September 1986:

Walt Disney Imagineering, George Lucas and Francis Ford Coppola collaborate to create Captain EO, a starstudded 3D epic with over 150 special effect shots and several in-house 4D effects as well.

December 1990: Sanrio Puroland opens

The Time Machine of Dreams, the first attraction to bring motion base seats together with a 3D film and several 4D effects. HERSHEY’S REALLY BIG 3D SHOW was one of the first times a Fortune 200 Company decided to use this new attraction technology to help build brand awareness. The spectacular production, designed and directed by Gary Goddard, resulted in Hershey’s Chocolate World breaking their daily, weekly, monthly and annual attendance records. Equally important, guest satisfaction was “off the charts”; audiences love this show.

Th e f u t u re i s h e re, and it’s in 3D!


he entertainment attraction of the 21st century is already here. It’s called 4D and it merges the best of 3D filmmaking with unique new in-theatre effects (that’s the 4D part) to create an entirely new genre of entertainment experience.

Ask any industry expert what the two most spectacular and ground-breaking theme park attractions to premiere in the last decade were and you’ll get the same answers over and over again. This is no coincidence. Terminator 2/3D: Battle Across Time and The Amazing Adventures of Spider-man, both are at the Universal Orlando Resort, and both have one thing in common: they were created by Gary Goddard. Acknowledged as the one of the leading creators of themed entertainment today, Goddard has a long history not only in theme parks and attractions, but in motion pictures, theatre and in the live stage arena as well. With the creation of these two major megaattractions, Goddard has set the bar that as yet, no one has been able to top. “You have to understand that when I was the midst of conceptualizing these attractions,” says Goddard, “it was a battle. The majority of the in-house design staff at Universal thought they were both impossible. Some of my own team-members at my company then thought the same thing. I had to fight at every stage of the development process and it was only with the backing of Jay Stein and then following him Ron Bension, that either of these projects ever saw the light of day.” Now these two attractions set a standard that has been hard to follow, but one thing is for sure, they have ushered in the era of 3D films and 4D attractions.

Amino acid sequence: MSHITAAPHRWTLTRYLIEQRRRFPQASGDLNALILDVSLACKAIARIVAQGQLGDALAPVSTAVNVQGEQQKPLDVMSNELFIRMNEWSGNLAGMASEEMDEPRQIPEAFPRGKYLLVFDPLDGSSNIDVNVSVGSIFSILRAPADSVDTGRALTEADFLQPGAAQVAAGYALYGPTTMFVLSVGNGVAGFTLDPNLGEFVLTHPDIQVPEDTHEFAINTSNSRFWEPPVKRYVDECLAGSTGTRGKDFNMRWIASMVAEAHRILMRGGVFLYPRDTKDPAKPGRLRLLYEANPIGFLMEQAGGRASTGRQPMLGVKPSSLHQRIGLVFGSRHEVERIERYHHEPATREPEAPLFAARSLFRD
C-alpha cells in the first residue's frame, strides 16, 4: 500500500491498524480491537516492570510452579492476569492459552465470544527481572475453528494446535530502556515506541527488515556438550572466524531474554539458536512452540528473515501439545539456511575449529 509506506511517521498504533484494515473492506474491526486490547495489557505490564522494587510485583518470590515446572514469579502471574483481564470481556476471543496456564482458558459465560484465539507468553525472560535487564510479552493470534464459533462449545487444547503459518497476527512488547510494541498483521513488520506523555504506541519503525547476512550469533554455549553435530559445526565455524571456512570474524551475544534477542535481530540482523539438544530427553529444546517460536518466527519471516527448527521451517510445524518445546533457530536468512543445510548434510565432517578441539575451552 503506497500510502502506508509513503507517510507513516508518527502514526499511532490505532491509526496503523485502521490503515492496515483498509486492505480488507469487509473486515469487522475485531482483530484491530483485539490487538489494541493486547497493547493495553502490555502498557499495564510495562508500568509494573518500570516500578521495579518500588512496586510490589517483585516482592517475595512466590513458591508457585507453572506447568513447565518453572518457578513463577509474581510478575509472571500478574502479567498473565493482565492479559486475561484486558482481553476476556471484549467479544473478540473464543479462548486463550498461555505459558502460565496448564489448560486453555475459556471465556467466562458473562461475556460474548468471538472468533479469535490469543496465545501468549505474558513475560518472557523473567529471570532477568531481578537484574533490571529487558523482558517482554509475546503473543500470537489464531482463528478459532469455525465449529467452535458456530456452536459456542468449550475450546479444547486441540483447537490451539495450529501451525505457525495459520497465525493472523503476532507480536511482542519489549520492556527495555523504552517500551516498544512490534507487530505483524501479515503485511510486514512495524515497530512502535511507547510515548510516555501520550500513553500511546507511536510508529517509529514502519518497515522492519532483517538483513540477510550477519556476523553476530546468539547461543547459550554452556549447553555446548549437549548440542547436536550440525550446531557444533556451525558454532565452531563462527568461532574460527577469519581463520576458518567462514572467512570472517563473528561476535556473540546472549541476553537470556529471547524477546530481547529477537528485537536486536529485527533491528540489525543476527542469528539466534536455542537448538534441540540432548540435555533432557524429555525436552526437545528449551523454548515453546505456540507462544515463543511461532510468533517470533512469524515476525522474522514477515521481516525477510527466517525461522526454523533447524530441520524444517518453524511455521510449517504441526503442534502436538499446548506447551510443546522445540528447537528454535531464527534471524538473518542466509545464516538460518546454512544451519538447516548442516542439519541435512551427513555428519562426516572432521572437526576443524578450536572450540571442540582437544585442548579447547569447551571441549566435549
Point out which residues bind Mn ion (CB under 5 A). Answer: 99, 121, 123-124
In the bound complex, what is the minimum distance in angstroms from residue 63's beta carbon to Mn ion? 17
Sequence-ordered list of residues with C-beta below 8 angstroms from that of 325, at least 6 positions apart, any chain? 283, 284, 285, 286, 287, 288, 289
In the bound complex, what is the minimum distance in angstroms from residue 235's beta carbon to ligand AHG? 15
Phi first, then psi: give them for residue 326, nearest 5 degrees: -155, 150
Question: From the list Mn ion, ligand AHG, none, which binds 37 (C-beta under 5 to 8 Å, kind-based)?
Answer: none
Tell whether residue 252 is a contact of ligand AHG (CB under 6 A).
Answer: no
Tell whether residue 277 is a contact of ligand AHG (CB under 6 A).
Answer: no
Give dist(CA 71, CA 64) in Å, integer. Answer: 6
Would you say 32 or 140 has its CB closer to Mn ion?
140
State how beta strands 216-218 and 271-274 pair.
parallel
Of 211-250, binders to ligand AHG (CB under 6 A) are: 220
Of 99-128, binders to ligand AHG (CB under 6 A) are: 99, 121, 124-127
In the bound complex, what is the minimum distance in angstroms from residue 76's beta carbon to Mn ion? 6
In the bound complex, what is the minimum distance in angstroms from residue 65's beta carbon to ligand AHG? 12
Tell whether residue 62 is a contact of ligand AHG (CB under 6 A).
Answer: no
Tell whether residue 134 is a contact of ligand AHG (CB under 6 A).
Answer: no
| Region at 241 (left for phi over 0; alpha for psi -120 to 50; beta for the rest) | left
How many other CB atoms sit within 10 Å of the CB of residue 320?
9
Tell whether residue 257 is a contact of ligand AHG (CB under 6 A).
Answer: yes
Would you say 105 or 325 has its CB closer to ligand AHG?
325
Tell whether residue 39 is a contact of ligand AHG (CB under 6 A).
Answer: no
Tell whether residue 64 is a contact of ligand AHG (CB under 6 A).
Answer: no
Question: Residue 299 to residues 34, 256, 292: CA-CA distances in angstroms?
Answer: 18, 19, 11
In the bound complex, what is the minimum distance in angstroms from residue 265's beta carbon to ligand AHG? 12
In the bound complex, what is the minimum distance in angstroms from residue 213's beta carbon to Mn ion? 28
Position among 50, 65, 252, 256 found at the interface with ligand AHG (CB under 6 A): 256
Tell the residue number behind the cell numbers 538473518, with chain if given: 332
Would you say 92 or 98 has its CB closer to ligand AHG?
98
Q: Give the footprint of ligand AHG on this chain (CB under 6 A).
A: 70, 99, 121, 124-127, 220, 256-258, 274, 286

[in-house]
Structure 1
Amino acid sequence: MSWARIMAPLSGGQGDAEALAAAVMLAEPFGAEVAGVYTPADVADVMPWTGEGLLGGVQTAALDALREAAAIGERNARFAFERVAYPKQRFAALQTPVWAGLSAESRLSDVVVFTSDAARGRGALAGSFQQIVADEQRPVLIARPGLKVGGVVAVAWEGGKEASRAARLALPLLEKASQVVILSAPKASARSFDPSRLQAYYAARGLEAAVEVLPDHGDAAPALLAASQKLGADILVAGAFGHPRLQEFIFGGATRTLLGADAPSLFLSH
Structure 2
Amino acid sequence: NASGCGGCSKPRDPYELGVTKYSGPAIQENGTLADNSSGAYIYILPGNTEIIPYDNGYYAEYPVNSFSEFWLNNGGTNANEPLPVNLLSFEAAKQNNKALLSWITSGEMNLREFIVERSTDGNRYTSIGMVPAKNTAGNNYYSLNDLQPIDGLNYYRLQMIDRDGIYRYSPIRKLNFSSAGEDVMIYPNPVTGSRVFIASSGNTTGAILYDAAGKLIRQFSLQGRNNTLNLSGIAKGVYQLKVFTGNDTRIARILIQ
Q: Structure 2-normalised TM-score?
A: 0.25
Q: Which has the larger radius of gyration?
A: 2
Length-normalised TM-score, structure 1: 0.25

This history of 3D and 4D development for theme parks goes back to 1985 when Six Flags was developing an attraction for the Inner Harbor in Baltimore, Maryland. It was then that Goddard debuted The Sensorium at the Six Flags Power Plant in Baltimore. This ground-breaking attraction was the first to combine physical effects in the theatre (including 16 programmed scent effects, along with rumbling seats) with an original 3D film to create a new kind of attraction that then revolutionized the industry forever. 3D film had been around theme parks for awhile before this of course, and Magic Journeys, which premiered at EPCOT on opening day in 1982, was probably the best use of 3D film in an attraction at the time. The opening “kite sequence” is still remembered by all who saw it. Following this, a number of 3D films were developed for theme parks and Expos, but in recent years due to advances in technology, the interest in 3D has grown expotentially. So now, with over twenty years of ever expanding interest in this exciting medium (see sidebar), the question on everyone’s mind is “what’s next?” Currently, major filmmakers are now moving toward the world of 3D, while top theme park designers are creating new and ever more exciting ways to bring immersive 4D adventures to life.

Titanic director James Cameron has taken a lead roll in the initiative to equip all movie theatres with the technology needed to release major motion pictures exclusively in 3D, hopefully beginning with his new film Battle Angel, set to open in 2007. Cameron sees 3D as the best thing that’s ever happened to cinema. He spoke to last year and had this to say; “A few years ago I started down this path of creating this 3D camera system, and once I started working in that, I couldn’t imagine myself going back and shooting with the camera stuff I used before. It just seemed